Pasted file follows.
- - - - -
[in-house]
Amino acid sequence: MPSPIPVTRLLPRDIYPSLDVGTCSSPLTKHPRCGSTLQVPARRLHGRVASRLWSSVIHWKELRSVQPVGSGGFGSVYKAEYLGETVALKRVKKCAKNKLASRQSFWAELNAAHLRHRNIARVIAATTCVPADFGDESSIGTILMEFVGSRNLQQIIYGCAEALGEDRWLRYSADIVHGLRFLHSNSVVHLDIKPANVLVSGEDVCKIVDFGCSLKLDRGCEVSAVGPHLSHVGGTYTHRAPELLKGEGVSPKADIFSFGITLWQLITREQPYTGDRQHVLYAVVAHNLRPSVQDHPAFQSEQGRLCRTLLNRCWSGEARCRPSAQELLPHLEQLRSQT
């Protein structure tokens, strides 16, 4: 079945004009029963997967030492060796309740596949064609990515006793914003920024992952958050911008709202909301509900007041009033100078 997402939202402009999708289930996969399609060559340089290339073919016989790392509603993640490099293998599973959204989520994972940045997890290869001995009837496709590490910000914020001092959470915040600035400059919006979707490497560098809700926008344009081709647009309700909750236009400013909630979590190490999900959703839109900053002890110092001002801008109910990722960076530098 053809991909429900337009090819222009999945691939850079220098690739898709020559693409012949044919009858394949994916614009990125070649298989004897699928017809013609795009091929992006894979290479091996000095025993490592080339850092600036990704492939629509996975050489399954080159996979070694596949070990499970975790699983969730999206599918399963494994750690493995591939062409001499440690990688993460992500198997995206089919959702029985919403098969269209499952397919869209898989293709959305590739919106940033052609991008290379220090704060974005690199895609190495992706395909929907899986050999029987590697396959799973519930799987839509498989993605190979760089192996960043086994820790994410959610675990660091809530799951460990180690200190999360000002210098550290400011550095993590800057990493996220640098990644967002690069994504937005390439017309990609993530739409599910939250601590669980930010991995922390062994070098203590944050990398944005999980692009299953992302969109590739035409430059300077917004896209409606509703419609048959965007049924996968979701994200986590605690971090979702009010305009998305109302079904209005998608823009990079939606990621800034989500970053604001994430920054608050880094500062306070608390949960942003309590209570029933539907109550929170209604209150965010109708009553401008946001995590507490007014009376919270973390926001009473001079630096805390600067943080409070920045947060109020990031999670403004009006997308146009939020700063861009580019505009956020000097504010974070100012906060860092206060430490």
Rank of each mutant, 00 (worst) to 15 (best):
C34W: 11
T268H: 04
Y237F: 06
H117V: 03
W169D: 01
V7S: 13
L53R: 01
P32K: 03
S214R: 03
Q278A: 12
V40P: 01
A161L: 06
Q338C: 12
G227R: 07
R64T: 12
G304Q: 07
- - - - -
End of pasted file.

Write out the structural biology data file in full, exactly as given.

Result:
[in-house]
Amino acid sequence: MPSPIPVTRLLPRDIYPSLDVGTCSSPLTKHPRCGSTLQVPARRLHGRVASRLWSSVIHWKELRSVQPVGSGGFGSVYKAEYLGETVALKRVKKCAKNKLASRQSFWAELNAAHLRHRNIARVIAATTCVPADFGDESSIGTILMEFVGSRNLQQIIYGCAEALGEDRWLRYSADIVHGLRFLHSNSVVHLDIKPANVLVSGEDVCKIVDFGCSLKLDRGCEVSAVGPHLSHVGGTYTHRAPELLKGEGVSPKADIFSFGITLWQLITREQPYTGDRQHVLYAVVAHNLRPSVQDHPAFQSEQGRLCRTLLNRCWSGEARCRPSAQELLPHLEQLRSQT
């Protein structure tokens, strides 16, 4: 079945004009029963997967030492060796309740596949064609990515006793914003920024992952958050911008709202909301509900007041009033100078 997402939202402009999708289930996969399609060559340089290339073919016989790392509603993640490099293998599973959204989520994972940045997890290869001995009837496709590490910000914020001092959470915040600035400059919006979707490497560098809700926008344009081709647009309700909750236009400013909630979590190490999900959703839109900053002890110092001002801008109910990722960076530098 053809991909429900337009090819222009999945691939850079220098690739898709020559693409012949044919009858394949994916614009990125070649298989004897699928017809013609795009091929992006894979290479091996000095025993490592080339850092600036990704492939629509996975050489399954080159996979070694596949070990499970975790699983969730999206599918399963494994750690493995591939062409001499440690990688993460992500198997995206089919959702029985919403098969269209499952397919869209898989293709959305590739919106940033052609991008290379220090704060974005690199895609190495992706395909929907899986050999029987590697396959799973519930799987839509498989993605190979760089192996960043086994820790994410959610675990660091809530799951460990180690200190999360000002210098550290400011550095993590800057990493996220640098990644967002690069994504937005390439017309990609993530739409599910939250601590669980930010991995922390062994070098203590944050990398944005999980692009299953992302969109590739035409430059300077917004896209409606509703419609048959965007049924996968979701994200986590605690971090979702009010305009998305109302079904209005998608823009990079939606990621800034989500970053604001994430920054608050880094500062306070608390949960942003309590209570029933539907109550929170209604209150965010109708009553401008946001995590507490007014009376919270973390926001009473001079630096805390600067943080409070920045947060109020990031999670403004009006997308146009939020700063861009580019505009956020000097504010974070100012906060860092206060430490």
Rank of each mutant, 00 (worst) to 15 (best):
C34W: 11
T268H: 04
Y237F: 06
H117V: 03
W169D: 01
V7S: 13
L53R: 01
P32K: 03
S214R: 03
Q278A: 12
V40P: 01
A161L: 06
Q338C: 12
G227R: 07
R64T: 12
G304Q: 07